on adult stem cells into blastocyst experiments. There is one paper published
by a German group, where they took purified hematopoietic stem cells,
and injected them into the blastocyst, and what they were able to show
was that the cells gave rise to some hematopoietic elements, and that
they actually recapitulated the developmental behavior of hemoglobins,
which switched at different stages of development during embryos, fetuses,
and then adults.
They did not see any contribution outside of the hematopoietic system.
The second paper is a paper from a Swedish group, where they had taken
neural stem cells that have been cultured, and introduced them in the
blastocyst, and as far as I know, they have never had animals been born
And they saw a contribution to a few tissues, but not all tissues of
the mouse fetus. And in the last papers, we did a paper by Austin Smith,
the one that reported on fusion, where they had taken defused cells and
given them to a blastocyst again, and it showed a contribution in one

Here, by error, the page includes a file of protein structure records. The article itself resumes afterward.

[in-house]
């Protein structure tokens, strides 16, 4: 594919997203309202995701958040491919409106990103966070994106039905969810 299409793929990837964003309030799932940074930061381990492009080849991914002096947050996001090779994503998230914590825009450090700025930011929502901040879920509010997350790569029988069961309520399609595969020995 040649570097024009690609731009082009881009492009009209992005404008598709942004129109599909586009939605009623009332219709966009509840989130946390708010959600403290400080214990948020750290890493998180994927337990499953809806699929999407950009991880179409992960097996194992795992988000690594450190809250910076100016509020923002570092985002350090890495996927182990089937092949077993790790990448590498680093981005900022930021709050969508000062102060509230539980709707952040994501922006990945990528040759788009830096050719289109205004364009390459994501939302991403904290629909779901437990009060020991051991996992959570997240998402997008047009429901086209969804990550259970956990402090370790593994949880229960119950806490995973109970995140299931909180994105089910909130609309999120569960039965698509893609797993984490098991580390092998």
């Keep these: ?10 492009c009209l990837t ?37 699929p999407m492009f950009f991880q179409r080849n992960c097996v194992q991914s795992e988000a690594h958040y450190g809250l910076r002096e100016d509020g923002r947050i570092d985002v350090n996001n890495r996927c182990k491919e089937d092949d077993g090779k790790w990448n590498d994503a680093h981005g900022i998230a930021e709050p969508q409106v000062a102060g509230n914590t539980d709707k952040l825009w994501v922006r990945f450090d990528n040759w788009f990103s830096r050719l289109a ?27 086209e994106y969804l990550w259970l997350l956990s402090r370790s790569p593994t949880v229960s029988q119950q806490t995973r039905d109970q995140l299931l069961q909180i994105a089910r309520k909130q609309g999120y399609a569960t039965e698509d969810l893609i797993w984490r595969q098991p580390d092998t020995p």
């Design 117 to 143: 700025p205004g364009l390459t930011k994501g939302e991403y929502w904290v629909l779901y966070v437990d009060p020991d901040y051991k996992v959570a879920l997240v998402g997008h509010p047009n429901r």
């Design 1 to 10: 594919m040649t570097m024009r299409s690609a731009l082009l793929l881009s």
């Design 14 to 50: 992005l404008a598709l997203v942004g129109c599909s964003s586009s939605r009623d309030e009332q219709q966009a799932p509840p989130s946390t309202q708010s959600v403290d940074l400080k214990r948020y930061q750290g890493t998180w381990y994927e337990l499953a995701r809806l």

animal that was born, and that was really only a single animal, to the
liver and a few other tissues.
But it was not quite the amount of contribution that I showed in the
picture here, where every single tissue of the mouse appeared to be having
a fraction of the single MAPC cell.
DR. HURLBUT: That is very, very exciting.
Another question that I think might be of good general interest to our
council, but he question of whether transdifferentiation is occurring,
or even the process of embryonic stem cells just differentiating, it is
always clouded by the question of how do you know when there is actual
differentiation taking place?
In other words, just because you follow one or two gene expressions,
you don't know, and one of the problems with embryonic stem cell therapies
will be to get the target tissues up to speed, like beta cells producing